The pirates never had a chance.
They were fine as long as they were fighting one another, blocking traffic on the sidewalks of Las Vegas Boulevard in front of Treasure Island as the moms and their wide-eyed kids squeezed in to smell the smoke and see the battles.
But peg legs and eye patches are no match for big bosoms and bare bottoms, so it came as no surprise when MGM Mirage executives announced that they are abandoning the swashbuckling pirate mayhem that has been a family attraction for years in Glitter Gulch, and going back to a tried and true formula that sells: sex.
What was surprising was this newspaper’s headline last week that read, "Sin City rediscovers its libido!"
When did it lose it?
The last time we looked, there were 100 pages of ads for "adult entertainers" in the Las Vegas yellow pages. Any city with that kind of drive hasn’t lost its libido. Libido is the beating heart of this place. The message is, "Leave the kids at home or take them to see Mickey Mouse. If you want the other stuff, come here."
Treasure Island president Scott Sibella tried to make the change at Treasure Island sound like a mere remodeling, saying, "We’ve evolved from a yo-ho-ho feel to a more sophisticated feel. We want to change the exterior to introduce the outside to what we’ve already done inside." Instead of "a show you’d see at Disneyland," Treasure Island now will transform its image to "sexy and beautiful, an adult Broadway-caliber show."
The comparison is phony. Broadway, for all its gaudiness, is outmatched by this town. Vegas has more "models" than New York, Paris and Rome combined, and without the fashion houses.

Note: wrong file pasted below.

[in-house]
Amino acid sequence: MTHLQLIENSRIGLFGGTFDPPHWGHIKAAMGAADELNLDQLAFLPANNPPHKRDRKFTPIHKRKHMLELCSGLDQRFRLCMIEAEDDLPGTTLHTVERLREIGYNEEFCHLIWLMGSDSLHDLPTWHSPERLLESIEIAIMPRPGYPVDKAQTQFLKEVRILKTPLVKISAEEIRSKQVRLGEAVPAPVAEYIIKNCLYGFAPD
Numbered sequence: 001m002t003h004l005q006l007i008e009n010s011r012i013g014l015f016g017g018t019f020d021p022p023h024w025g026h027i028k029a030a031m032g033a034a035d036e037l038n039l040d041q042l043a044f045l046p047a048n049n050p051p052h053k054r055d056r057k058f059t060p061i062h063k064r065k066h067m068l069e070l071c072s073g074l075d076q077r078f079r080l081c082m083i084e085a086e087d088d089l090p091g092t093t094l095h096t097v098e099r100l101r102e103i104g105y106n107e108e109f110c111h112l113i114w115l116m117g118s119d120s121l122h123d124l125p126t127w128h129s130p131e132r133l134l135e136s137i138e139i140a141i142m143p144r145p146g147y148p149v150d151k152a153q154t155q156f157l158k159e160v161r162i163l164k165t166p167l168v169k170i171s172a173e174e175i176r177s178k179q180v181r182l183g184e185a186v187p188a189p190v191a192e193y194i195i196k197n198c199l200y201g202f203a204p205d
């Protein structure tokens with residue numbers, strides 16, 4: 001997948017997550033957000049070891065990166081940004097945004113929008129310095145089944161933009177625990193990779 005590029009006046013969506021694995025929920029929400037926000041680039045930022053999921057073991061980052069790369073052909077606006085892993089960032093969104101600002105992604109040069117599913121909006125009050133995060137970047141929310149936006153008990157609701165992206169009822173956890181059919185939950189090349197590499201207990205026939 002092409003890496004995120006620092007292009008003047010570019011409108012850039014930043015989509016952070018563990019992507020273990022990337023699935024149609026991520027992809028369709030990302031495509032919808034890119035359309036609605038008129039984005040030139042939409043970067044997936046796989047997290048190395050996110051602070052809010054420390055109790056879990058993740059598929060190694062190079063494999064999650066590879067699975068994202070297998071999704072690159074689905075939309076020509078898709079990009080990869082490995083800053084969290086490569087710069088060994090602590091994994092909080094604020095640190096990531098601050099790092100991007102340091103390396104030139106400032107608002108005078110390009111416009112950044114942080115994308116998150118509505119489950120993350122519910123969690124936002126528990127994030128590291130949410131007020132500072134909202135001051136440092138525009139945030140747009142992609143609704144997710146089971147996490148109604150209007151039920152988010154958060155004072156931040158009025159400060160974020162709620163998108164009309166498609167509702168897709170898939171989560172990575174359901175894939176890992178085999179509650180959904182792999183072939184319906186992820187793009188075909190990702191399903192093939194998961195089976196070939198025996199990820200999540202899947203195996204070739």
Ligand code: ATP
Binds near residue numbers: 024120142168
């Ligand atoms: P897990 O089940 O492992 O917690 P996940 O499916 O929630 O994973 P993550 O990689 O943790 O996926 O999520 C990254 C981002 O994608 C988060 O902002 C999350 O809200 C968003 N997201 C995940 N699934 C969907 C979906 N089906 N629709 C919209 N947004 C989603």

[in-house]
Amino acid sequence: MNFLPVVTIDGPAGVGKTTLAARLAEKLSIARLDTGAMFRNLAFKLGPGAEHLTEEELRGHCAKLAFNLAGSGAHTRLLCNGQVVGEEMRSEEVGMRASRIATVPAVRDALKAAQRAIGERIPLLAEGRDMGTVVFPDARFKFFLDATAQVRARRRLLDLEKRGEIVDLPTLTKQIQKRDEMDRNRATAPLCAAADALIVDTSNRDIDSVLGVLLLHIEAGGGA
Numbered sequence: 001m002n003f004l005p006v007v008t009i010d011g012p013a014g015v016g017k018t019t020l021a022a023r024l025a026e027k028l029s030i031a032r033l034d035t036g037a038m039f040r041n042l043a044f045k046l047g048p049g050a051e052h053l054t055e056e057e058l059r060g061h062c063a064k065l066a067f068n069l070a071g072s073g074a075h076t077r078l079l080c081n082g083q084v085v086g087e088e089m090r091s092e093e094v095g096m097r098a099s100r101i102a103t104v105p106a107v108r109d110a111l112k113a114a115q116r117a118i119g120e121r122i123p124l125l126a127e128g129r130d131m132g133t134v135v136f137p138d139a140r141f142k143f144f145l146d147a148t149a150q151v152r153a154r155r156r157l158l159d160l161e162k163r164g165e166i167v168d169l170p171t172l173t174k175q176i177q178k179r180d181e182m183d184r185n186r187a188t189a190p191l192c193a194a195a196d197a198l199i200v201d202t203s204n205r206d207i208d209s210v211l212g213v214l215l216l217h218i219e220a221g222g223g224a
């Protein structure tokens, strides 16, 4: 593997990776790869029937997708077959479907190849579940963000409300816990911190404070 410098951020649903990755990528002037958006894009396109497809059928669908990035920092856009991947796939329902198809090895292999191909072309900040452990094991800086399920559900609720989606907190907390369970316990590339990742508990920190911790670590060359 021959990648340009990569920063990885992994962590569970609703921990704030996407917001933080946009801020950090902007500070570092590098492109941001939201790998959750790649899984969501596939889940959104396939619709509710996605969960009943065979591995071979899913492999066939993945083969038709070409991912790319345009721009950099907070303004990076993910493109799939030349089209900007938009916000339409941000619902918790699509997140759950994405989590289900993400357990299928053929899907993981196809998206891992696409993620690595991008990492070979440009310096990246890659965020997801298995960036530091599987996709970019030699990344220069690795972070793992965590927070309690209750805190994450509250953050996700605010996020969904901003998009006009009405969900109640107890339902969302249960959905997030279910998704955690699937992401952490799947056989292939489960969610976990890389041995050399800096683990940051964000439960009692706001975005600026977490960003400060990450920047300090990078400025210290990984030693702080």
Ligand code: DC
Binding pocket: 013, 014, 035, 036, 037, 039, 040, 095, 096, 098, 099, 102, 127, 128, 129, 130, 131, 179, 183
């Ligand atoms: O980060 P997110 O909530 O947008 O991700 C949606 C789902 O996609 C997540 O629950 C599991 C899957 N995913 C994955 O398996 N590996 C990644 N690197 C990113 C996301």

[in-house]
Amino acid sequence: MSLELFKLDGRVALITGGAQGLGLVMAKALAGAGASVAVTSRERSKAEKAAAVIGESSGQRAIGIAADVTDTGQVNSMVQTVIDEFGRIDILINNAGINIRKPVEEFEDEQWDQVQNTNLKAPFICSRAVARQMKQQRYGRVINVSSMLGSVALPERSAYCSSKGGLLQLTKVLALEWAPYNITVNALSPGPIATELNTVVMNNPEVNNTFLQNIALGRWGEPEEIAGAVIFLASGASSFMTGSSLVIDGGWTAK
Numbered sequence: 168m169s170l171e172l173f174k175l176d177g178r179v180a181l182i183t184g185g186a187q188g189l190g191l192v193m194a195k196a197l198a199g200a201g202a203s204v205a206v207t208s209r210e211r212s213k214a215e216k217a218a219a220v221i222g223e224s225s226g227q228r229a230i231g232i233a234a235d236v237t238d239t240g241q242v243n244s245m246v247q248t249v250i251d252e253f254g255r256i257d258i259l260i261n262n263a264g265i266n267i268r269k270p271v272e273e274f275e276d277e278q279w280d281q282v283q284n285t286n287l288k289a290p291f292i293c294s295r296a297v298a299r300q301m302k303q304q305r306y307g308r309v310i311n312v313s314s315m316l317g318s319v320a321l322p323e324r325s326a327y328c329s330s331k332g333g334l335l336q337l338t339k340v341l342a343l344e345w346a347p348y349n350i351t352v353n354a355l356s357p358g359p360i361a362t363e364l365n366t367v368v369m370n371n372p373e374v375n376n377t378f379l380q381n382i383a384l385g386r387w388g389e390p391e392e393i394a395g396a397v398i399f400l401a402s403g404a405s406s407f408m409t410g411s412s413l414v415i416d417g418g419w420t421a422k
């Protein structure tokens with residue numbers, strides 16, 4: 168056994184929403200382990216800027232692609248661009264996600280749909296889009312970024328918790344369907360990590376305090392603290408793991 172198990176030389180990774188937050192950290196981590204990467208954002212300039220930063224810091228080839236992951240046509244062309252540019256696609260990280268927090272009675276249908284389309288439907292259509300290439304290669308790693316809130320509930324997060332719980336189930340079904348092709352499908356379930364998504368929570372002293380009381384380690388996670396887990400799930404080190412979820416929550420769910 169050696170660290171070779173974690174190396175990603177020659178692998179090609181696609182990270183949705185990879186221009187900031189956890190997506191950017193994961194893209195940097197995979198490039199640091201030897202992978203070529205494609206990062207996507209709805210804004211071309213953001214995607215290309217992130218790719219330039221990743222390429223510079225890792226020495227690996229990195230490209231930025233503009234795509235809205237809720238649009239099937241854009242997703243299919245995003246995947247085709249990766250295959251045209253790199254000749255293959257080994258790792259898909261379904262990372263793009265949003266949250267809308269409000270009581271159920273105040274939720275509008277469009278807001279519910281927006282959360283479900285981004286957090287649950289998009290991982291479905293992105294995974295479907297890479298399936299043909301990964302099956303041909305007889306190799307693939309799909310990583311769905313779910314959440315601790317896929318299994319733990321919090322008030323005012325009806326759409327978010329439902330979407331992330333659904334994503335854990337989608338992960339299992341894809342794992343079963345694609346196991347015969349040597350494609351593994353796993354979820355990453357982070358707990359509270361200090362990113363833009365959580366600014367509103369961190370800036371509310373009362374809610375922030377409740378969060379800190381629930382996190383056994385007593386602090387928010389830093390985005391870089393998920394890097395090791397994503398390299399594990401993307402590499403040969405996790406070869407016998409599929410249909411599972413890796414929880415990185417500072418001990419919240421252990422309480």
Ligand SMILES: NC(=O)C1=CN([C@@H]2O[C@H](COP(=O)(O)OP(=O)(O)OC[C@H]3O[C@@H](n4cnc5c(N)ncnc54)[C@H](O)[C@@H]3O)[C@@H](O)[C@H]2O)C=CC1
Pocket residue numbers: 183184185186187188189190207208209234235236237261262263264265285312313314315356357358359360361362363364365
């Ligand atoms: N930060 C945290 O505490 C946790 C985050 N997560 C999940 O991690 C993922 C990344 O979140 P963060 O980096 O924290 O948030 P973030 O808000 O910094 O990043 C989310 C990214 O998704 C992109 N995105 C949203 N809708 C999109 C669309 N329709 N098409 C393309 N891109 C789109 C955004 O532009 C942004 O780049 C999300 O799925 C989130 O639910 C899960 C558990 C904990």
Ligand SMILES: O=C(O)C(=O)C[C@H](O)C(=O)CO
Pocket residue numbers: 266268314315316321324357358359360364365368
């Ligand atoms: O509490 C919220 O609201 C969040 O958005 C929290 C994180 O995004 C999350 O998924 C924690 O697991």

So the fake faÃ§ade of family entertainment gets blown away, and the preening pirates will be replaced by "spectacular, sexy dancing with a pirate, Caribbean feel." Treasure Island is trading buccaneers for bikinis.
While that message was being proclaimed in Las Vegas, libido was showing up in more mundane places around the country, in the sweaty football locker rooms of colleges and universities that value pigskin more than the vellum of diplomas.
Two head coaches get busted in one week for dalliance, one with coeds and the other with exotic dancers.
Having covered the sweat beat for years, I knew that college football players are a different breed, or at least consider themselves one. They bully and brawl, which is what they get paid for.
Coaches were a slightly different cut, or at least conveyed that image in an earlier day.
So there is an element of change in the air, or perhaps just a realization and recognition of reality, that guys hired for millions to whip young musclemen into shape are raucous merrymakers themselves in some cases. Not only do they fraternize with the boys, but in a spirit of fraternity, or perhaps sorority, they frolic with the coeds as well. Not only that, but they’re not above a little hooliganism, if reports are correct that one assistant coach, calling friends to rally support for his boss who was in danger of being fired, added, "We need to rally around the coach, and then we need to go after the people who got us."
And then there was the case of Mike Price, the Alabama football coach who lost a seven-year, $10 million contract because of his brief escapade with an a club dancer named Destiny. The young lady said "no touching, no sex, no lap dancing" was involved, but the New York Times reported that Price also acknowledged the presence of a woman, presumably not his wife, in his hotel room next morning.
All of this would not be funny, except for who came to Price’s defense, and how. Mac Bledsoe, the father of Buffalo Bills quarterback Drew Bledsoe and a close friend of Price, called him "a very accountable man." Bledsoe runs a program for a foundation sponsored by his son Drew. It is called Parenting with Dignity.
Pardon me while I go watch the pirates while I still have the chance.